Confidence may not be convincing when recommending products or services

October 13, 2009

Sometimes people can gain influence by expressing uncertainty, according to a new study in the Journal of Consumer Research.

"These days, you can easily find recommendations from experts or even other about any product or service you might be interested in," write authors Uma R. Karmarkar and Zakary L. Tormala (Stanford University). "But what are the factors that can make these people's recommendations more or less influential?"

Across three experiments, the researchers presented participants with a restaurant review from either a novice or an expert, and looked at how that source's expressed certainty or uncertainty about his or her review influenced the effects of the message. "We predicted that mismatches between the source's level of expertise and the level of expressed certainty, or , would lead people to be more persuaded by a good and compelling review," the authors explain. "In other words, a novice would be more persuasive when he expressed certainty about his opinions, whereas an expert would be more persuasive when he expressed uncertainty."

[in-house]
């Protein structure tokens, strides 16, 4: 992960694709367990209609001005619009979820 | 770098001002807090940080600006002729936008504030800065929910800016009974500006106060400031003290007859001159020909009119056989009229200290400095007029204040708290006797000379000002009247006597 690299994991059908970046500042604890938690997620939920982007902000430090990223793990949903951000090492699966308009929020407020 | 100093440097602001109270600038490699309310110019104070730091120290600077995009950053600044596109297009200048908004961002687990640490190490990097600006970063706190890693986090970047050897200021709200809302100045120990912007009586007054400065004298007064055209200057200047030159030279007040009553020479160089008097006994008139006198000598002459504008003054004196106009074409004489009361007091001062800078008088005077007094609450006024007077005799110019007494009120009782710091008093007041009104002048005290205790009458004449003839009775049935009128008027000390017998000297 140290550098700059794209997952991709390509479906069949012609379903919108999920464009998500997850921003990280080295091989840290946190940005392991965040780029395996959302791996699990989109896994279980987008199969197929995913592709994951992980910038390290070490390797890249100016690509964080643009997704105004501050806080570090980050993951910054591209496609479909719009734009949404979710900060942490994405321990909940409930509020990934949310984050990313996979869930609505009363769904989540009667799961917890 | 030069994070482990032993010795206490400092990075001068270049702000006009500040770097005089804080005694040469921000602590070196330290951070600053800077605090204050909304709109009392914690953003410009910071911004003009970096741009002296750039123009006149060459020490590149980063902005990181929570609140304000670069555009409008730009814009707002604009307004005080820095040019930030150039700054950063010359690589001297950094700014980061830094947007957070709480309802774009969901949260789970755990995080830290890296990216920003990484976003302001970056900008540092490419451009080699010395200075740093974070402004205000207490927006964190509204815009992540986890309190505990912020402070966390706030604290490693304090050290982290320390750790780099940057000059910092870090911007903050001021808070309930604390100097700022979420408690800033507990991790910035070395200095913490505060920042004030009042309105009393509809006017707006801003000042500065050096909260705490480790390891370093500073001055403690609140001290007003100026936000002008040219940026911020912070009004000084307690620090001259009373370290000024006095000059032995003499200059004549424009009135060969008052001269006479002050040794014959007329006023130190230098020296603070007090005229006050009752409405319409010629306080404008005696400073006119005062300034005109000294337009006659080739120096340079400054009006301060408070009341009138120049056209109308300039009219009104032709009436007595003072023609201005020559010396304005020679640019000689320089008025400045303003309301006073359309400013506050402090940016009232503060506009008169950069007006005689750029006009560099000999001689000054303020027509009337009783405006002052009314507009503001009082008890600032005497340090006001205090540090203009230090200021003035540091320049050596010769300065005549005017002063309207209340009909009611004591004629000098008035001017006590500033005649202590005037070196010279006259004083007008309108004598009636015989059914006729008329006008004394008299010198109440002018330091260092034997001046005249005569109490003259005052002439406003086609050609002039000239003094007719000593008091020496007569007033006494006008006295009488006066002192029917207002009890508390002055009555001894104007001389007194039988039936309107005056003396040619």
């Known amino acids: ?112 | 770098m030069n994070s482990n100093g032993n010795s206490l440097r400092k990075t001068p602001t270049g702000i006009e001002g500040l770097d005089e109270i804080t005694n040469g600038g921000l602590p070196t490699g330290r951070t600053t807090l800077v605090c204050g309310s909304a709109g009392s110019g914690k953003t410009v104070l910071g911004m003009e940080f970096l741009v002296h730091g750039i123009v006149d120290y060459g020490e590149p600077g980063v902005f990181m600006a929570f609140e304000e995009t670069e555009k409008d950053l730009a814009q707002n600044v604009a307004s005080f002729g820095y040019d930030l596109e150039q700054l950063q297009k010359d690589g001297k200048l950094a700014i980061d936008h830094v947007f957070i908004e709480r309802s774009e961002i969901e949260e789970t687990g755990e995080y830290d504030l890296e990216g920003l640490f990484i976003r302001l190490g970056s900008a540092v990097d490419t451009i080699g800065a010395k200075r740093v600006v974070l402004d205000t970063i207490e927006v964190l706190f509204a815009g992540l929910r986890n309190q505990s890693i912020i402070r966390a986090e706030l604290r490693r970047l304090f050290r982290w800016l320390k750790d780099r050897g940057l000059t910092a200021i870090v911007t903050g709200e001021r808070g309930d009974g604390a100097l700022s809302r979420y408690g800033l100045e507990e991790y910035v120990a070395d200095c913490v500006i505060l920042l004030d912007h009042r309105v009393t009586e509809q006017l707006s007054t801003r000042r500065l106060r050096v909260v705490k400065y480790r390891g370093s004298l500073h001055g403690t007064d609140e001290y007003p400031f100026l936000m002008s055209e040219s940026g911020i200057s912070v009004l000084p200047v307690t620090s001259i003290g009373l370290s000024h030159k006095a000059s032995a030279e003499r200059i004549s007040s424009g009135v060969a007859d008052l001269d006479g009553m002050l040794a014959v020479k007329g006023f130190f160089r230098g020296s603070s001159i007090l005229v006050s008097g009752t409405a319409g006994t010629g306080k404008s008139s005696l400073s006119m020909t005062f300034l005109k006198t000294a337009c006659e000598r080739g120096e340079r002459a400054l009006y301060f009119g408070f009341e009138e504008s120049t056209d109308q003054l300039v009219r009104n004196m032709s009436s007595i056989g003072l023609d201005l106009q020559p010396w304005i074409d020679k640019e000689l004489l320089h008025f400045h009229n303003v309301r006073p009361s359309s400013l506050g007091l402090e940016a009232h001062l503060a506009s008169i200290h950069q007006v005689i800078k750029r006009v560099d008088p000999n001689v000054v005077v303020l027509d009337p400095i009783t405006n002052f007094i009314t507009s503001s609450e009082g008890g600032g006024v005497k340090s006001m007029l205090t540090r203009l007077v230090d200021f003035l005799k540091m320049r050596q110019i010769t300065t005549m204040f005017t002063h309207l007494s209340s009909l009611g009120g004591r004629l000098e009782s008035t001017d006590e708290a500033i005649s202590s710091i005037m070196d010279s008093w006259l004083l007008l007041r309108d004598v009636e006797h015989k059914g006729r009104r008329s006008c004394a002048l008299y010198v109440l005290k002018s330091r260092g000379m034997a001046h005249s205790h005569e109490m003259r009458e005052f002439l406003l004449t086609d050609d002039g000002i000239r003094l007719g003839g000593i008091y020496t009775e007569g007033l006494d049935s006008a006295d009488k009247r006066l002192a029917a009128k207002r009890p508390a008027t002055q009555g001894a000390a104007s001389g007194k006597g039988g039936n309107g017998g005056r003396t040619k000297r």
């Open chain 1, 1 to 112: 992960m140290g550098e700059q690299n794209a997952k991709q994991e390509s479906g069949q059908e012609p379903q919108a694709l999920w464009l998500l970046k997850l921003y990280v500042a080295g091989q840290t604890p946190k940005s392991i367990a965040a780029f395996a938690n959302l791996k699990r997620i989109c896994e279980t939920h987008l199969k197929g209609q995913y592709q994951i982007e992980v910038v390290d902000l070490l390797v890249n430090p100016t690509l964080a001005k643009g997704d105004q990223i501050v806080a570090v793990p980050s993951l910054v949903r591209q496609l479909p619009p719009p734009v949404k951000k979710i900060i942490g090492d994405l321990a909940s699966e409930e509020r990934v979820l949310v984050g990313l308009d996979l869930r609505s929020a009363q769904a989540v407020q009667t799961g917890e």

The study confirmed the researchers' predictions. "Participants found the restaurant review more surprising and unexpected when a novice reviewer expressed certainty, or when an expert reviewer expressed uncertainty," the authors write. "Investigating further, we found that when the level of certainty expressed was incongruent with the source's expertise, it increased involvement with the restaurant review."

"In the context of product or service reviews, being confident in your opinion does not necessarily mean that you'll be perceived as more convincing," the authors write. "Paradoxically, an expert or "gold star" reviewer on a website could draw more people in to his review if he was willing to be modest or admit uncertainty about his views. But for all that attention to pay off, he'd have to ensure he had good strong reasons supporting his opinion."

More information: ma R. Karmarkar and Zakary L. Tormala. "Believe Me, I Have No Idea What I'm Talking About: The Effects of Source Certainty on Consumer Involvement and Persuasion." : April 2010 (published online October 6, 2009).

Source: University of Chicago (news : web)

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